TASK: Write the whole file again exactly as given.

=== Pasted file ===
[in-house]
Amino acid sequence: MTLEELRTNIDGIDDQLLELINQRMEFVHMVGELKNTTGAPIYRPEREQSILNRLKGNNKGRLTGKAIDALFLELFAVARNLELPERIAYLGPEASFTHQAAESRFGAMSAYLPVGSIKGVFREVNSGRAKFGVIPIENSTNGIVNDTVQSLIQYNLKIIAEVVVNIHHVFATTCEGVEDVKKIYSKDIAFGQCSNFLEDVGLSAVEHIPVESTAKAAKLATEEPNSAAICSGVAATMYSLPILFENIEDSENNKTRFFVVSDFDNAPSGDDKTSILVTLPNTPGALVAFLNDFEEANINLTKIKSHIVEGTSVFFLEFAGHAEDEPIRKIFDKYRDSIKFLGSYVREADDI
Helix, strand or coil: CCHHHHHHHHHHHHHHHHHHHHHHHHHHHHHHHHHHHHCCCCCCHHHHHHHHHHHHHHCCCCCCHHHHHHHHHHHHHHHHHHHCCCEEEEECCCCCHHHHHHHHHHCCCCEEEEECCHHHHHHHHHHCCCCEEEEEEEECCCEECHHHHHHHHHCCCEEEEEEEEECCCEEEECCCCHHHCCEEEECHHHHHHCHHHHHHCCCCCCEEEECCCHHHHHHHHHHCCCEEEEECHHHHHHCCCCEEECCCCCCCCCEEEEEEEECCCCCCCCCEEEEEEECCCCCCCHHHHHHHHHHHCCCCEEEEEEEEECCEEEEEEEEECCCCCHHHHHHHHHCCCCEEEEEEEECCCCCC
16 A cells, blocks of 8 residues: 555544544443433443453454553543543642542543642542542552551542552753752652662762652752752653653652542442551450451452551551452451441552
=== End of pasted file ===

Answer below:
[in-house]
Amino acid sequence: MTLEELRTNIDGIDDQLLELINQRMEFVHMVGELKNTTGAPIYRPEREQSILNRLKGNNKGRLTGKAIDALFLELFAVARNLELPERIAYLGPEASFTHQAAESRFGAMSAYLPVGSIKGVFREVNSGRAKFGVIPIENSTNGIVNDTVQSLIQYNLKIIAEVVVNIHHVFATTCEGVEDVKKIYSKDIAFGQCSNFLEDVGLSAVEHIPVESTAKAAKLATEEPNSAAICSGVAATMYSLPILFENIEDSENNKTRFFVVSDFDNAPSGDDKTSILVTLPNTPGALVAFLNDFEEANINLTKIKSHIVEGTSVFFLEFAGHAEDEPIRKIFDKYRDSIKFLGSYVREADDI
Helix, strand or coil: CCHHHHHHHHHHHHHHHHHHHHHHHHHHHHHHHHHHHHCCCCCCHHHHHHHHHHHHHHCCCCCCHHHHHHHHHHHHHHHHHHHCCCEEEEECCCCCHHHHHHHHHHCCCCEEEEECCHHHHHHHHHHCCCCEEEEEEEECCCEECHHHHHHHHHCCCEEEEEEEEECCCEEEECCCCHHHCCEEEECHHHHHHCHHHHHHCCCCCCEEEECCCHHHHHHHHHHCCCEEEEECHHHHHHCCCCEEECCCCCCCCCEEEEEEEECCCCCCCCCEEEEEEECCCCCCCHHHHHHHHHHHCCCCEEEEEEEEECCEEEEEEEEECCCCCHHHHHHHHHCCCCEEEEEEEECCCCCC
16 A cells, blocks of 8 residues: 555544544443433443453454553543543642542543642542542552551542552753752652662762652752752653653652542442551450451452551551452451441552